Fill in the correct amounts on the following schedule. For percentage-of-completion accounting and for completed-contract accounting, show the gross profit that should be recorded for 2012, 2013, and 2014.
Gross Profit Gross Profit
Gross Profit Gross Profit
2012 $525,000a 2012 —
2013 $ 75,000b 2013 —
2014 $440,000c 2014 $800,000d
————— × $1,400,000 = $525,000
————— × $1,000,000 = $600,000
Less 2012 gross profit (525,000)
2013 gross profit $75,000
cTotal revenue $5,400,000
Total costs 4,600,000
Total gross profit 800,000
Recognized to date (600,000)
2014 gross profit $ 200,000
dTotal revenue $5,400,000
Total costs 4,600,000
Total gross profit $800,000
Ex. 18-128—Installment sales.
Newton Co. had installment sales of $1,000,000 and cost of installment sales of $650,000 in 2012. A 2012 sale resulted in a default in 2014, at which time the balance of the installment receivable was $40,000. The repossessed merchandise had a fair value of $21,000.
(a) Calculate the rate of gross profit on 2012 installment sales.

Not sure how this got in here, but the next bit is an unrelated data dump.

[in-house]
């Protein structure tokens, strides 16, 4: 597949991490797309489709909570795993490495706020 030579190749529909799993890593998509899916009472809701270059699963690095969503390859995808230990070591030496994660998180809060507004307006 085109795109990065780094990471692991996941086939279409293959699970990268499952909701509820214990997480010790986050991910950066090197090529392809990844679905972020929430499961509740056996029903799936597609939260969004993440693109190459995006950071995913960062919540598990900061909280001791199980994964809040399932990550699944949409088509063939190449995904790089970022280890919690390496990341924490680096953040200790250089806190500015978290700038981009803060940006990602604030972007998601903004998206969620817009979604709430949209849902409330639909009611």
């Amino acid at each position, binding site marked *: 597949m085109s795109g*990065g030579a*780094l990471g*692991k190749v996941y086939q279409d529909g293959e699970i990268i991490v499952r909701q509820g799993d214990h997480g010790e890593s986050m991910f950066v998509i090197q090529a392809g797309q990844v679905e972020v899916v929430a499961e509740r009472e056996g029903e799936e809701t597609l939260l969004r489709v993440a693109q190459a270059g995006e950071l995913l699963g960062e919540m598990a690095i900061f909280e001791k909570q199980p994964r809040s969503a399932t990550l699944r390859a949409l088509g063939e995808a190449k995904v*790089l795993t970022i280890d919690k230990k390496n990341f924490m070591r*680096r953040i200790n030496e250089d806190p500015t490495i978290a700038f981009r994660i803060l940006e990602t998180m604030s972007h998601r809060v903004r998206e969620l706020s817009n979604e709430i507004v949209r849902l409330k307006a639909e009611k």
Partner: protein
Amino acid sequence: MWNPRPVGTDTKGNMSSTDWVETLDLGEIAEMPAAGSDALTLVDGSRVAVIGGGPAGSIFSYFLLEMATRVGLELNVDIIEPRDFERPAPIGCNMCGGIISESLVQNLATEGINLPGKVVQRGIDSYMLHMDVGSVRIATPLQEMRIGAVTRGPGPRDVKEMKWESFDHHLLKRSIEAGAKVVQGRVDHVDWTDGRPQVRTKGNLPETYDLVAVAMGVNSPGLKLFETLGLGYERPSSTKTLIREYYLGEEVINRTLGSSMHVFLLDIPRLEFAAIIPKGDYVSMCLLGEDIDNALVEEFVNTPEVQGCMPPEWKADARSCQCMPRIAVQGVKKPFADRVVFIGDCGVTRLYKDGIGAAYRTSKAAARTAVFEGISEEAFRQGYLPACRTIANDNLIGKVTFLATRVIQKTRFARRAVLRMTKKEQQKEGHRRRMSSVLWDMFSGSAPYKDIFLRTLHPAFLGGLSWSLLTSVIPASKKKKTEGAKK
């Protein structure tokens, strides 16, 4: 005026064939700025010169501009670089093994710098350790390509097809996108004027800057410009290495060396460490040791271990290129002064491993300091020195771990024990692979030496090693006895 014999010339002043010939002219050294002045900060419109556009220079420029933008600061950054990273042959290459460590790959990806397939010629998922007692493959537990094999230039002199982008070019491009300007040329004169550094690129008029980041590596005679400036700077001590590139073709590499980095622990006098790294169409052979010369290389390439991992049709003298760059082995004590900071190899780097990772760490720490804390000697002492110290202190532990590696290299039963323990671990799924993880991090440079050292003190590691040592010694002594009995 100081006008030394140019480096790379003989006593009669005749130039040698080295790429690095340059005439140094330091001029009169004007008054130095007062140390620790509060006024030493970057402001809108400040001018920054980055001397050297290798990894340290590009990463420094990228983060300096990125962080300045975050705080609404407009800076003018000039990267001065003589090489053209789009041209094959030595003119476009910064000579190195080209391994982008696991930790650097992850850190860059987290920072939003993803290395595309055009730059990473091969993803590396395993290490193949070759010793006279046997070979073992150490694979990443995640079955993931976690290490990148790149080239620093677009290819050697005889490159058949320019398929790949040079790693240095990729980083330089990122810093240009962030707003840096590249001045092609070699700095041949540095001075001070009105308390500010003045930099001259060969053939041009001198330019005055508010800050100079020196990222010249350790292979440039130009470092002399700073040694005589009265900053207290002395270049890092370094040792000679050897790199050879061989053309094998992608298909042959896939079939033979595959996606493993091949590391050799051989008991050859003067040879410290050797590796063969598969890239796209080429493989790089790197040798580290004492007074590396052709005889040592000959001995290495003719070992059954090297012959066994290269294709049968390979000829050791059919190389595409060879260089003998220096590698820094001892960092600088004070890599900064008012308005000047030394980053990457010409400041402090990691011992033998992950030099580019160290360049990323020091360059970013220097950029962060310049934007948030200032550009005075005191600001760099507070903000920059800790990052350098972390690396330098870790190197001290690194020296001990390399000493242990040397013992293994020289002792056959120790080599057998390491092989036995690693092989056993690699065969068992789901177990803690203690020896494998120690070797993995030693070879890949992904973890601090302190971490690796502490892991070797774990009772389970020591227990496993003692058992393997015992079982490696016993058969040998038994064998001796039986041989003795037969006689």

(b) Make the entry to record the repossession.
(a) $350,000 ÷ $1,000,000 = 35%
(b) Repossessed Merchandise 21,000
Deferred Gross Profit, 2012 (.35 × $40,000) 14,000
Loss on Repossession 5,000
Installment Accounts Receivable, 2012 40,000
Ex. 18-129—Installment sales.
Sawyer Furniture Company concluded its first year of operations in which it made sales of $900,000, all on installment. Collections during the year from down payments and installments totaled $300,000. Purchases for the year totaled $620,000; the cost of merchandise on hand at the end of the year was $80,000.
Using the installment-sales method, make summary entries to record: